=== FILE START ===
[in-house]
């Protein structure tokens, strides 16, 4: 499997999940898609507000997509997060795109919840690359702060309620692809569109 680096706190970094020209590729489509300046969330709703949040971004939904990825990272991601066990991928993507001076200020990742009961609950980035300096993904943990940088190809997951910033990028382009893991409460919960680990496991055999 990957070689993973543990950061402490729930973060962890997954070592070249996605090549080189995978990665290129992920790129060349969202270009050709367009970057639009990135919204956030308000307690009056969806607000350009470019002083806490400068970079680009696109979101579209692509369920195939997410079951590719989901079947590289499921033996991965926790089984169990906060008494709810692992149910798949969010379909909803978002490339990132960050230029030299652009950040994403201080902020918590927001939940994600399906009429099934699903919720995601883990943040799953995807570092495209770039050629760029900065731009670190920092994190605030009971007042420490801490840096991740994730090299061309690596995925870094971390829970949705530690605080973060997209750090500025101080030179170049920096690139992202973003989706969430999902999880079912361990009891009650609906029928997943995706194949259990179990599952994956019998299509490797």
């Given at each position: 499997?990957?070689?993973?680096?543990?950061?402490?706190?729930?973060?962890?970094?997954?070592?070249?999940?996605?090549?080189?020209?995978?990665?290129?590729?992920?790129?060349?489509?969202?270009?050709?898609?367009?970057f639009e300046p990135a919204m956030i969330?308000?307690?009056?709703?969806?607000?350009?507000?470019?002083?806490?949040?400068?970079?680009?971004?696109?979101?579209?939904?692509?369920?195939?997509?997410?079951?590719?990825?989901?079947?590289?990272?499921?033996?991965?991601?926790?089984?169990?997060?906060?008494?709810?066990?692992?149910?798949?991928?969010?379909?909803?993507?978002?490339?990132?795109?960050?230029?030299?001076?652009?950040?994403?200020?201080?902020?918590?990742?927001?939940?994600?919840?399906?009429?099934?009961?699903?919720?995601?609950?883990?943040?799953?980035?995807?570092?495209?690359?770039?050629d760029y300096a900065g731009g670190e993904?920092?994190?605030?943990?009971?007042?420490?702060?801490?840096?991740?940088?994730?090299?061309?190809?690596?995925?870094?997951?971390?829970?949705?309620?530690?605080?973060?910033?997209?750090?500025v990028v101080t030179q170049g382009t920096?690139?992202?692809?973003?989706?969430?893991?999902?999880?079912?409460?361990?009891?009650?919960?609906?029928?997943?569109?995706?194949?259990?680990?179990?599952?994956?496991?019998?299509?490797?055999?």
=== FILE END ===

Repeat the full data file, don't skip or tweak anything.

[in-house]
């Protein structure tokens, strides 16, 4: 499997999940898609507000997509997060795109919840690359702060309620692809569109 680096706190970094020209590729489509300046969330709703949040971004939904990825990272991601066990991928993507001076200020990742009961609950980035300096993904943990940088190809997951910033990028382009893991409460919960680990496991055999 990957070689993973543990950061402490729930973060962890997954070592070249996605090549080189995978990665290129992920790129060349969202270009050709367009970057639009990135919204956030308000307690009056969806607000350009470019002083806490400068970079680009696109979101579209692509369920195939997410079951590719989901079947590289499921033996991965926790089984169990906060008494709810692992149910798949969010379909909803978002490339990132960050230029030299652009950040994403201080902020918590927001939940994600399906009429099934699903919720995601883990943040799953995807570092495209770039050629760029900065731009670190920092994190605030009971007042420490801490840096991740994730090299061309690596995925870094971390829970949705530690605080973060997209750090500025101080030179170049920096690139992202973003989706969430999902999880079912361990009891009650609906029928997943995706194949259990179990599952994956019998299509490797």
């Given at each position: 499997?990957?070689?993973?680096?543990?950061?402490?706190?729930?973060?962890?970094?997954?070592?070249?999940?996605?090549?080189?020209?995978?990665?290129?590729?992920?790129?060349?489509?969202?270009?050709?898609?367009?970057f639009e300046p990135a919204m956030i969330?308000?307690?009056?709703?969806?607000?350009?507000?470019?002083?806490?949040?400068?970079?680009?971004?696109?979101?579209?939904?692509?369920?195939?997509?997410?079951?590719?990825?989901?079947?590289?990272?499921?033996?991965?991601?926790?089984?169990?997060?906060?008494?709810?066990?692992?149910?798949?991928?969010?379909?909803?993507?978002?490339?990132?795109?960050?230029?030299?001076?652009?950040?994403?200020?201080?902020?918590?990742?927001?939940?994600?919840?399906?009429?099934?009961?699903?919720?995601?609950?883990?943040?799953?980035?995807?570092?495209?690359?770039?050629d760029y300096a900065g731009g670190e993904?920092?994190?605030?943990?009971?007042?420490?702060?801490?840096?991740?940088?994730?090299?061309?190809?690596?995925?870094?997951?971390?829970?949705?309620?530690?605080?973060?910033?997209?750090?500025v990028v101080t030179q170049g382009t920096?690139?992202?692809?973003?989706?969430?893991?999902?999880?079912?409460?361990?009891?009650?919960?609906?029928?997943?569109?995706?194949?259990?680990?179990?599952?994956?496991?019998?299509?490797?055999?």